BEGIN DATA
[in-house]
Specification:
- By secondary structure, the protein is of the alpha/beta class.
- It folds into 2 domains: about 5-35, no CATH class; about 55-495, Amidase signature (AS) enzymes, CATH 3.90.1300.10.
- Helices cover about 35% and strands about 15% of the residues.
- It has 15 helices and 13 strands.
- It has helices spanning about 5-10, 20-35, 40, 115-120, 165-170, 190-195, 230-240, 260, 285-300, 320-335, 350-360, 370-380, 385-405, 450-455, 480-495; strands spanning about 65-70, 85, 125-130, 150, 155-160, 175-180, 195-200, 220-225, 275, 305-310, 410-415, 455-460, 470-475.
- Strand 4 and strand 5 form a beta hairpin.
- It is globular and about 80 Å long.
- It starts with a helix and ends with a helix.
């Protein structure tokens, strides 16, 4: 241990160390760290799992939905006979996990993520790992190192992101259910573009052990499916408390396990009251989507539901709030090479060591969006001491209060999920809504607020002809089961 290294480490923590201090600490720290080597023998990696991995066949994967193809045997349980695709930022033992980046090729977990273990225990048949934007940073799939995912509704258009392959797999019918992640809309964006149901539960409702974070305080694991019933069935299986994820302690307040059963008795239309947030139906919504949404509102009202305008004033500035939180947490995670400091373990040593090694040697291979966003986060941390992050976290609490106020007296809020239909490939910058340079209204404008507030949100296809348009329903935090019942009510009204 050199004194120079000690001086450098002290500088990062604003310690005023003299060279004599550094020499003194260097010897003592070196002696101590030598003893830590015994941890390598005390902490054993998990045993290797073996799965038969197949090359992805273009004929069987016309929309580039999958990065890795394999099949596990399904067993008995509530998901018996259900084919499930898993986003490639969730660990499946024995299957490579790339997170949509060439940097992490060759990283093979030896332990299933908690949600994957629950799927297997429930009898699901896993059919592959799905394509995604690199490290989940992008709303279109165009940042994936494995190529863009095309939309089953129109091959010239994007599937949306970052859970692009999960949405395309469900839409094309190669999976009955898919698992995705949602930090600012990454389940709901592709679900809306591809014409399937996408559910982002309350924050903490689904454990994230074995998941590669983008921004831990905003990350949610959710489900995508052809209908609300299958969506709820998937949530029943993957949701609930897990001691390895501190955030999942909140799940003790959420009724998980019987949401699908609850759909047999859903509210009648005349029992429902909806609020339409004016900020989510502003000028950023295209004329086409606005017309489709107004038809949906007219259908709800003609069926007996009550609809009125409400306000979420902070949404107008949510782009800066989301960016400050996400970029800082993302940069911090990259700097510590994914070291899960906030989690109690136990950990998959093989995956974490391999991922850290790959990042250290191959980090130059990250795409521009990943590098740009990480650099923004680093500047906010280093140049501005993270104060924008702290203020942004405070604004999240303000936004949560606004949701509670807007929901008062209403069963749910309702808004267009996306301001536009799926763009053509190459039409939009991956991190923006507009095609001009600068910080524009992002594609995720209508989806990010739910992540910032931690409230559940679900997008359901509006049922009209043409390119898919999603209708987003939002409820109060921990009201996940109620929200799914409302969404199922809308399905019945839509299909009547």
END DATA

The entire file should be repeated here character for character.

[in-house]
Specification:
- By secondary structure, the protein is of the alpha/beta class.
- It folds into 2 domains: about 5-35, no CATH class; about 55-495, Amidase signature (AS) enzymes, CATH 3.90.1300.10.
- Helices cover about 35% and strands about 15% of the residues.
- It has 15 helices and 13 strands.
- It has helices spanning about 5-10, 20-35, 40, 115-120, 165-170, 190-195, 230-240, 260, 285-300, 320-335, 350-360, 370-380, 385-405, 450-455, 480-495; strands spanning about 65-70, 85, 125-130, 150, 155-160, 175-180, 195-200, 220-225, 275, 305-310, 410-415, 455-460, 470-475.
- Strand 4 and strand 5 form a beta hairpin.
- It is globular and about 80 Å long.
- It starts with a helix and ends with a helix.
């Protein structure tokens, strides 16, 4: 241990160390760290799992939905006979996990993520790992190192992101259910573009052990499916408390396990009251989507539901709030090479060591969006001491209060999920809504607020002809089961 290294480490923590201090600490720290080597023998990696991995066949994967193809045997349980695709930022033992980046090729977990273990225990048949934007940073799939995912509704258009392959797999019918992640809309964006149901539960409702974070305080694991019933069935299986994820302690307040059963008795239309947030139906919504949404509102009202305008004033500035939180947490995670400091373990040593090694040697291979966003986060941390992050976290609490106020007296809020239909490939910058340079209204404008507030949100296809348009329903935090019942009510009204 050199004194120079000690001086450098002290500088990062604003310690005023003299060279004599550094020499003194260097010897003592070196002696101590030598003893830590015994941890390598005390902490054993998990045993290797073996799965038969197949090359992805273009004929069987016309929309580039999958990065890795394999099949596990399904067993008995509530998901018996259900084919499930898993986003490639969730660990499946024995299957490579790339997170949509060439940097992490060759990283093979030896332990299933908690949600994957629950799927297997429930009898699901896993059919592959799905394509995604690199490290989940992008709303279109165009940042994936494995190529863009095309939309089953129109091959010239994007599937949306970052859970692009999960949405395309469900839409094309190669999976009955898919698992995705949602930090600012990454389940709901592709679900809306591809014409399937996408559910982002309350924050903490689904454990994230074995998941590669983008921004831990905003990350949610959710489900995508052809209908609300299958969506709820998937949530029943993957949701609930897990001691390895501190955030999942909140799940003790959420009724998980019987949401699908609850759909047999859903509210009648005349029992429902909806609020339409004016900020989510502003000028950023295209004329086409606005017309489709107004038809949906007219259908709800003609069926007996009550609809009125409400306000979420902070949404107008949510782009800066989301960016400050996400970029800082993302940069911090990259700097510590994914070291899960906030989690109690136990950990998959093989995956974490391999991922850290790959990042250290191959980090130059990250795409521009990943590098740009990480650099923004680093500047906010280093140049501005993270104060924008702290203020942004405070604004999240303000936004949560606004949701509670807007929901008062209403069963749910309702808004267009996306301001536009799926763009053509190459039409939009991956991190923006507009095609001009600068910080524009992002594609995720209508989806990010739910992540910032931690409230559940679900997008359901509006049922009209043409390119898919999603209708987003939002409820109060921990009201996940109620929200799914409302969404199922809308399905019945839509299909009547």